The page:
CfP | The Normalcy of Urban Neoliberalism and its Limits

Session at the Annual Meeting of the Association of American Geographers (AAG) in New York (February 24-28, 2012)

Orga­ni­zers: Susanne Heeg, Robert Pütz, Felix Silomon-Pflug and Anne Vogelp­ohl (Goe­the Uni­ver­sity Frank­furt (Main), Germany)

[Spon­so­red by the Urban Geo­gra­phy Spe­cialty Group]

The neo­li­be­ral “re-ordering of cities” has to be under­s­tood wit­hin the stress ratio of glo­bal con­di­ti­ons and spe­ci­fic local requi­re­ments. As a result urban neo­li­be­ra­lism is shaped by local adap­tion, trans­for­ma­tion and imple­men­ta­tion of glo­bally avail­able urban poli­cies. Sol­ving local cri­ses and pre­pa­ring cities for inter­ur­ban glo­bal com­pe­ti­tion can be seen as pur­po­ses of this “tra­vel­ling of poli­cies”. The mobi­lity of urban poli­tics has led to the nor­ma­liza­tion of neo­li­be­ral urban deve­lop­ment as well as the cor­re­spon­ding ana­lytic per­spec­tive on cities. As this pro­cess of nor­ma­liza­tion yet remains a con­tes­ted pro­cess that is resis­ted, obstruc­ted or avo­ided in many ways it can be under­s­tood as a con­stant stret­ching of limits – e.g. through poli­cies that strengt­hen the abi­lity to co-opt cri­ti­que or de-politicize social move­ments. But limits to urban neoliberalism’s nor­malcy may also hint at a post-neoliberal change.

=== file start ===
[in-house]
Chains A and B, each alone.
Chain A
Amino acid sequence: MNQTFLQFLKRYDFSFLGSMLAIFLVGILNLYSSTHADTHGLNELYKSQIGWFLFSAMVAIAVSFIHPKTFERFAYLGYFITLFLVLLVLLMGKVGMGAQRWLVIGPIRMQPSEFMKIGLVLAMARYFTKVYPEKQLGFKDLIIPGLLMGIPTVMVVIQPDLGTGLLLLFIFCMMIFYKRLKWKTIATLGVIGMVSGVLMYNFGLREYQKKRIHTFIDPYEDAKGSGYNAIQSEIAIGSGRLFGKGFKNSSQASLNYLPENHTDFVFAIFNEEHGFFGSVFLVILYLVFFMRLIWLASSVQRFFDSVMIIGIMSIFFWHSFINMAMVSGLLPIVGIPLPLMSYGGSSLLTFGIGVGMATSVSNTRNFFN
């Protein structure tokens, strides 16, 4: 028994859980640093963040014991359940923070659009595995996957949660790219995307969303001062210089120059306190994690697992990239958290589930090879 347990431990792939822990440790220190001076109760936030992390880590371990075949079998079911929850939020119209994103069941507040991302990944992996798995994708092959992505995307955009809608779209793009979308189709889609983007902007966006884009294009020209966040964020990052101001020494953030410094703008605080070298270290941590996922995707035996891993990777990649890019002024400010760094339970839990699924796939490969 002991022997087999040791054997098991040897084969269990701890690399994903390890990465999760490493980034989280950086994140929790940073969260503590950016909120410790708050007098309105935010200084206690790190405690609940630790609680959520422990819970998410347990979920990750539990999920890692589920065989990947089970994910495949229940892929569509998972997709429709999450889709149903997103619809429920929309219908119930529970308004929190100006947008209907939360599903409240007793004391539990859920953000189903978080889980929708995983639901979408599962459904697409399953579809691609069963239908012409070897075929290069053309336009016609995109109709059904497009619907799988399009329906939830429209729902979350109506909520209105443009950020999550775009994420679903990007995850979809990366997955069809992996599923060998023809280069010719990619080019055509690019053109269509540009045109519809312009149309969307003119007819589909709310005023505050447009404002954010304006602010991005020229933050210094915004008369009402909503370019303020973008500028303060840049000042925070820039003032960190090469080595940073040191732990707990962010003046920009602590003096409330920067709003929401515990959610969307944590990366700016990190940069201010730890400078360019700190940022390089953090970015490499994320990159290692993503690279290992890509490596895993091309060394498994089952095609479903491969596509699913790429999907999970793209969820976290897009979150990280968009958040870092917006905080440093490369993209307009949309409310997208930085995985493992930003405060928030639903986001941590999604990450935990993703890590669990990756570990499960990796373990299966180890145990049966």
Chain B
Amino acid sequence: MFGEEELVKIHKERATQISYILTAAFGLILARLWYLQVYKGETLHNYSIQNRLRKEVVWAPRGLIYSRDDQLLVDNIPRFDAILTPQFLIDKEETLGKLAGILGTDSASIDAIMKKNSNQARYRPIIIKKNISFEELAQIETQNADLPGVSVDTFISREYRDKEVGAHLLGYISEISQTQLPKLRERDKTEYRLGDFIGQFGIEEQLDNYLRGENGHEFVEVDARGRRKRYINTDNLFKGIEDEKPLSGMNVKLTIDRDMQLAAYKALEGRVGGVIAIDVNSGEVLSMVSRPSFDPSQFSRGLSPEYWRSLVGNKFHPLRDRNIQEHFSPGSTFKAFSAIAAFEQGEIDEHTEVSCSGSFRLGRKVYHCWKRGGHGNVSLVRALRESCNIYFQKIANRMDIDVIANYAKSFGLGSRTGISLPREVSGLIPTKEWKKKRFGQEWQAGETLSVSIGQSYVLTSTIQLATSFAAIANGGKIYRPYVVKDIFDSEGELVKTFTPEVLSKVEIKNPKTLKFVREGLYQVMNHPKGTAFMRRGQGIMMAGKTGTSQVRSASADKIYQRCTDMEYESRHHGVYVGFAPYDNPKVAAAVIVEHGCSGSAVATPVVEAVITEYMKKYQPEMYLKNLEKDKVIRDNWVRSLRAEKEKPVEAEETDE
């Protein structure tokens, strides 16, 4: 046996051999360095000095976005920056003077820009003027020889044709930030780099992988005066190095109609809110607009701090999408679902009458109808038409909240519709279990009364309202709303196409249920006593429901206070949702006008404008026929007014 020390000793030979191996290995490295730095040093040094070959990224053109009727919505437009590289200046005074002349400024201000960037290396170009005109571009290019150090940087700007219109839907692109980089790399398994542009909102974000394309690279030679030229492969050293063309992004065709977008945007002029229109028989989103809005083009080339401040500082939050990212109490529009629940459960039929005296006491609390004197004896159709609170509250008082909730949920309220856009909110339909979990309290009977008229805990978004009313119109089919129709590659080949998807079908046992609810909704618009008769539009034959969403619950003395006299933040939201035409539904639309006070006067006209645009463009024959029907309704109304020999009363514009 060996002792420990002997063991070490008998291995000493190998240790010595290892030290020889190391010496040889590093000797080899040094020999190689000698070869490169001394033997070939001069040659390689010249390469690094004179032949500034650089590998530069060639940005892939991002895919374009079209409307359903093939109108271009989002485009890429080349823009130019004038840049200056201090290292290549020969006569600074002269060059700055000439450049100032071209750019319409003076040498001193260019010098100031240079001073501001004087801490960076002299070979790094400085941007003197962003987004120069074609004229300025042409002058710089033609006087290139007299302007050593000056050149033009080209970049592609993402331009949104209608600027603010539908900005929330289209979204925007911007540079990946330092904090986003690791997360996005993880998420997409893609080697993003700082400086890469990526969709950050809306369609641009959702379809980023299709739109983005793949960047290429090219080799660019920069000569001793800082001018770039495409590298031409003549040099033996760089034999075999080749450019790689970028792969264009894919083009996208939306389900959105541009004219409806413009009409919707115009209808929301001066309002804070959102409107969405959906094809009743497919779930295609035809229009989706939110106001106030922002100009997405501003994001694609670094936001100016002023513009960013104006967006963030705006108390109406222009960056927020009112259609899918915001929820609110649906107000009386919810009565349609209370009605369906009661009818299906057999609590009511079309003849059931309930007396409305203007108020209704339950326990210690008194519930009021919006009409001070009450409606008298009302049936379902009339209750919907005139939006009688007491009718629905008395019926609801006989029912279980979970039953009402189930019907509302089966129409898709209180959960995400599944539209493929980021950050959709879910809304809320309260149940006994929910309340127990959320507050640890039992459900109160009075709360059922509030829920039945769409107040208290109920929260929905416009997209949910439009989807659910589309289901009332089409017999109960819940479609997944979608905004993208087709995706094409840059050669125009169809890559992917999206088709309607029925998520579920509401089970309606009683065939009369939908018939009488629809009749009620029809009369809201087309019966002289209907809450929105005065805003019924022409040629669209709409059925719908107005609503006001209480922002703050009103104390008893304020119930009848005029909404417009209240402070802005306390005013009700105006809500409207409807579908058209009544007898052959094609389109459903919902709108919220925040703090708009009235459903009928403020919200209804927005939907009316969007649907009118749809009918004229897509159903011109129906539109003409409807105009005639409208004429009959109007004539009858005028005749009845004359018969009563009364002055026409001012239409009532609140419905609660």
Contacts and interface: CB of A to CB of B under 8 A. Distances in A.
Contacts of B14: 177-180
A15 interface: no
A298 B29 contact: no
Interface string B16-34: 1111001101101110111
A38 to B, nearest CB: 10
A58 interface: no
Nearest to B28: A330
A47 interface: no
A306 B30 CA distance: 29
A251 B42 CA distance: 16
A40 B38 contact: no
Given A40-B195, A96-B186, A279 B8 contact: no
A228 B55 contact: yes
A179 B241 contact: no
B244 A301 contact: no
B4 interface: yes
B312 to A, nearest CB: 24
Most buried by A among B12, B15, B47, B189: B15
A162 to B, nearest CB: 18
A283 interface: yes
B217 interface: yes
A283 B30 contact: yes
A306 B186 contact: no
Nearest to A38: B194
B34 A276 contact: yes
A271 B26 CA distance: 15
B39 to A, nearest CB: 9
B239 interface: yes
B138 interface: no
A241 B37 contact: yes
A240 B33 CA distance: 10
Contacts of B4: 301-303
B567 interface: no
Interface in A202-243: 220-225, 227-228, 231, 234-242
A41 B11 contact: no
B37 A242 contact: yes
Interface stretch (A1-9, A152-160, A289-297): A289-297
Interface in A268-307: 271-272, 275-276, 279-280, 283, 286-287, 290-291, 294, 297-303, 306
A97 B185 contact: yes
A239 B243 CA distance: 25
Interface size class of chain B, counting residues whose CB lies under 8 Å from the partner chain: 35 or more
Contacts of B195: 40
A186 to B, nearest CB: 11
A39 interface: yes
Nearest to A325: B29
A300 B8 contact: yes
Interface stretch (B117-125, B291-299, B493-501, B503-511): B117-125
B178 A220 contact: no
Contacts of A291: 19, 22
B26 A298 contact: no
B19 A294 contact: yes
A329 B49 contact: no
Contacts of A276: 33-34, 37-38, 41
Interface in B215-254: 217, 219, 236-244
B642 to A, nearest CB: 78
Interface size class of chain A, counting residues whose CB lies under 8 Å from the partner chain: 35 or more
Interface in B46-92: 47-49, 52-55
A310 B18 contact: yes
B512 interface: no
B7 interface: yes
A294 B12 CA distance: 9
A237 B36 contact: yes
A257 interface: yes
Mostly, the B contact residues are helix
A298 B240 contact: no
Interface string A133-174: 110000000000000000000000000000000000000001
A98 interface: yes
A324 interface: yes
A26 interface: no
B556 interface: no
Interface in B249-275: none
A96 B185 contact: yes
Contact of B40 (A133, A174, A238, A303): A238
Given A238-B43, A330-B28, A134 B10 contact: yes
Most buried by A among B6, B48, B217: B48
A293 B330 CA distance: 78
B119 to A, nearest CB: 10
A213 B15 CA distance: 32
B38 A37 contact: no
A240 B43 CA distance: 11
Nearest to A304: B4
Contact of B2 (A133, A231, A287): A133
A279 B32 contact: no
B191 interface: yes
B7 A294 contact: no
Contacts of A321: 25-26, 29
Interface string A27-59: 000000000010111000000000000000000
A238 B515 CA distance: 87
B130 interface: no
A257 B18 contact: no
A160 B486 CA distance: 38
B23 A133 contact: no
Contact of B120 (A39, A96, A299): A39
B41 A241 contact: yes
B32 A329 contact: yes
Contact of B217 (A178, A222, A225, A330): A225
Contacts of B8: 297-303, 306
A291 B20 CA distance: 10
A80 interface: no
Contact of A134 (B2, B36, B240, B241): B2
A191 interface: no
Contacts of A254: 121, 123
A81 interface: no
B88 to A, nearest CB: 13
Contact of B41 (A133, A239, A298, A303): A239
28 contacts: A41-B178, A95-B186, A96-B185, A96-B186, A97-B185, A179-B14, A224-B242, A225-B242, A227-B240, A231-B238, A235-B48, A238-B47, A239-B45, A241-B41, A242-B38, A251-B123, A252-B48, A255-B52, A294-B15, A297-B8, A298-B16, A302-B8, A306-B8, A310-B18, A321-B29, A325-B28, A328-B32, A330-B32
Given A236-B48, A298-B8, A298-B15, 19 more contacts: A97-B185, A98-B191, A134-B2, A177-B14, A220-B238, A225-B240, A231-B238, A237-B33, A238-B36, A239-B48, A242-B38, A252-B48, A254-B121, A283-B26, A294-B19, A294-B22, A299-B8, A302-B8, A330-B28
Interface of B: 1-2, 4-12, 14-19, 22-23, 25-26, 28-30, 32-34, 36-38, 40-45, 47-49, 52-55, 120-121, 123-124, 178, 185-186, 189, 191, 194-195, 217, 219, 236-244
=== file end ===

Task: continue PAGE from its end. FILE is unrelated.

We invite paper pro­po­sals that eit­her ana­lyze the pro­cess of enfor­cing the urban neo­li­be­ral cha­rac­ter or that ana­lyze limi­ta­ti­ons to neo­li­be­ra­liza­tion and poten­ti­ally post-neoliberal urban deve­lop­ment. The for­mer include re-orderings of admi­nis­tra­ti­ons or policy gui­de­lines; the lat­ter include re-interpretations of fai­led poli­cies and deepe­ned ine­qua­li­ties (shrin­kage, mar­gi­na­liza­tion etc.) or con­cepts and per­spec­tives for alter­na­tive cities (“just city”, “right to the city”, peoples/participatory bud­gets etc.).

  • Wit­hin this field the papers may address, but are not limited to the fol­lo­wing questions:
  • How are mobile urban poli­cies adap­ted, trans­for­med and imple­men­ted and what are the effects for the re-ordering of urban configurations/assemblages?
  • Which role does the tra­vel­ling of urban poli­cies play for the nor­ma­liza­tion of neo­li­be­ral urban development?
  • How are con­tra­dic­tions bet­ween mar­ket– and competition-oriented restruc­tu­rings on the one hand and a soci­ally just/ livable city dis­course on the other reconciled?
  • Is the neo­li­be­ral city depo­li­ti­ci­zed and, if so, what are the con­se­quen­ces for modes of participation/ (self)representation?
  • Is the neo­li­be­ral cha­rac­ter of the urban reinven­ted or over­come in the course of the ongo­ing eco­no­mic cri­sis? What are the limits of neo­li­be­ral adaptability?
  • Which theo­ries and con­cepts can be used to con­ceive a post-neoliberal change?

Please sub­mit a ~250-word abstract by Sep­tem­ber 16, 2011 to Anne Vogelp­ohl (

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